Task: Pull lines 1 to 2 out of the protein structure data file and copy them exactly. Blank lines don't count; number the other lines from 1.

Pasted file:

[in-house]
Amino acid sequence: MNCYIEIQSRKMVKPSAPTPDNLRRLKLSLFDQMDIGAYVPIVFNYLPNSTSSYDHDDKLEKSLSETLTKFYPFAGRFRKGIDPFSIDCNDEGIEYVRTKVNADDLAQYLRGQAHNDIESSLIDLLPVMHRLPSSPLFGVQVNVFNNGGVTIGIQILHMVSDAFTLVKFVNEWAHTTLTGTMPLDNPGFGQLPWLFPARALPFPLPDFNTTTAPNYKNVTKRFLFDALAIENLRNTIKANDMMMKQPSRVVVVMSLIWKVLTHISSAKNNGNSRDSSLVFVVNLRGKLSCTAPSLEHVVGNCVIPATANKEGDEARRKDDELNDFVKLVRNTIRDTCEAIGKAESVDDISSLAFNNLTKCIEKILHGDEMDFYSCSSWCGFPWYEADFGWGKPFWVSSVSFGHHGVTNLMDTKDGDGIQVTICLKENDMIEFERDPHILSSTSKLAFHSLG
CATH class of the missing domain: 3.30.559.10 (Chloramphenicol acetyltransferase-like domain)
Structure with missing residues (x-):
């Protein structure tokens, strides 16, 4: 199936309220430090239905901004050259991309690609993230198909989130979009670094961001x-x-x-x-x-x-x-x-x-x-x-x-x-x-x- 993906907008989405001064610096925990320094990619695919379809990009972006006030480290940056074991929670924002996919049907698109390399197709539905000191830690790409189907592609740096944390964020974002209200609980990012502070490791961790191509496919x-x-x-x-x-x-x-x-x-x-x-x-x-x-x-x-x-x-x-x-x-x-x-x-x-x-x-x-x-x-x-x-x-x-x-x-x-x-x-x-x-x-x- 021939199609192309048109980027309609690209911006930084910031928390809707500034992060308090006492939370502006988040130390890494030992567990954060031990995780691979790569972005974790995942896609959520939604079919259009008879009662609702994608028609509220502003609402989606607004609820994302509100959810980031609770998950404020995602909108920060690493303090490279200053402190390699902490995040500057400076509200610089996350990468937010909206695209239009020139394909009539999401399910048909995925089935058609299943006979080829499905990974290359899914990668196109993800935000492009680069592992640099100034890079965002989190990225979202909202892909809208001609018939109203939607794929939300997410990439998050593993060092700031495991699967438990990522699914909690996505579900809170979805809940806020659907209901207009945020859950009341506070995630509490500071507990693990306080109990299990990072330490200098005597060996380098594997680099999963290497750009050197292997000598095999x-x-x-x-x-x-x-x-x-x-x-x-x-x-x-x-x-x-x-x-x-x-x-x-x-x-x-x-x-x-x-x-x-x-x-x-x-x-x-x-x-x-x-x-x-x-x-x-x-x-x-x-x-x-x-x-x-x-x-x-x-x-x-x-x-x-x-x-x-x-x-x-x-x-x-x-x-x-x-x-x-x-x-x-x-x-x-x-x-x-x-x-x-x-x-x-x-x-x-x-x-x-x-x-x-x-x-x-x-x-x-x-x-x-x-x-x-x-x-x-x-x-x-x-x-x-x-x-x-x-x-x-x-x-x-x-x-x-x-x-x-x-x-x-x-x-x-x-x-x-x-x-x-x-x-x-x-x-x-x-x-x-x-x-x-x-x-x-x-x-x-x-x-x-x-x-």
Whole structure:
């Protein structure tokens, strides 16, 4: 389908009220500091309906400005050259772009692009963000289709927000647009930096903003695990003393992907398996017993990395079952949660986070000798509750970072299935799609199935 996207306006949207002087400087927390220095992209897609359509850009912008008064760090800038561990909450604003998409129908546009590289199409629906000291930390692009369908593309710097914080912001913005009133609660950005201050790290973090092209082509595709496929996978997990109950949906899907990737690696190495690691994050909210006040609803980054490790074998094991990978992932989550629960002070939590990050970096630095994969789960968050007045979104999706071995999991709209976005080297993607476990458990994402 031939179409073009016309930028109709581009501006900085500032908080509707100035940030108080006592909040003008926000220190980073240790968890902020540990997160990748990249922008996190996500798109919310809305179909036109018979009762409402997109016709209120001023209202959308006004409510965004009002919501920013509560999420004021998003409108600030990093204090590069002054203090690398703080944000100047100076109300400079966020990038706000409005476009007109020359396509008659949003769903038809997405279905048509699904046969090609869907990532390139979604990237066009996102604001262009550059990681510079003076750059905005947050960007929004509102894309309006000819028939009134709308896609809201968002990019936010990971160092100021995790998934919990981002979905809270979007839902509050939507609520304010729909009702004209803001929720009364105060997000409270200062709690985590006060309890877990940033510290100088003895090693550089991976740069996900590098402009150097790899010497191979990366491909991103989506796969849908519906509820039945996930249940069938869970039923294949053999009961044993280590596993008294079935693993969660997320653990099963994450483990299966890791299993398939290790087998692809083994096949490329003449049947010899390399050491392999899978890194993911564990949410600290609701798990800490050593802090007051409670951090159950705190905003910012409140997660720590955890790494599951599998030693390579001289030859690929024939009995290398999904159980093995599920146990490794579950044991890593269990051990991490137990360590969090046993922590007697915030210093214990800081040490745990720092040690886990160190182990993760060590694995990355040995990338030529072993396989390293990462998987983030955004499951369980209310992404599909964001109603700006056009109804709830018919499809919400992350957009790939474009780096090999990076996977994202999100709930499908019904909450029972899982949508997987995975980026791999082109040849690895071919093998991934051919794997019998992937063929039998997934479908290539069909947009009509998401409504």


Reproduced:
[in-house]
Amino acid sequence: MNCYIEIQSRKMVKPSAPTPDNLRRLKLSLFDQMDIGAYVPIVFNYLPNSTSSYDHDDKLEKSLSETLTKFYPFAGRFRKGIDPFSIDCNDEGIEYVRTKVNADDLAQYLRGQAHNDIESSLIDLLPVMHRLPSSPLFGVQVNVFNNGGVTIGIQILHMVSDAFTLVKFVNEWAHTTLTGTMPLDNPGFGQLPWLFPARALPFPLPDFNTTTAPNYKNVTKRFLFDALAIENLRNTIKANDMMMKQPSRVVVVMSLIWKVLTHISSAKNNGNSRDSSLVFVVNLRGKLSCTAPSLEHVVGNCVIPATANKEGDEARRKDDELNDFVKLVRNTIRDTCEAIGKAESVDDISSLAFNNLTKCIEKILHGDEMDFYSCSSWCGFPWYEADFGWGKPFWVSSVSFGHHGVTNLMDTKDGDGIQVTICLKENDMIEFERDPHILSSTSKLAFHSLG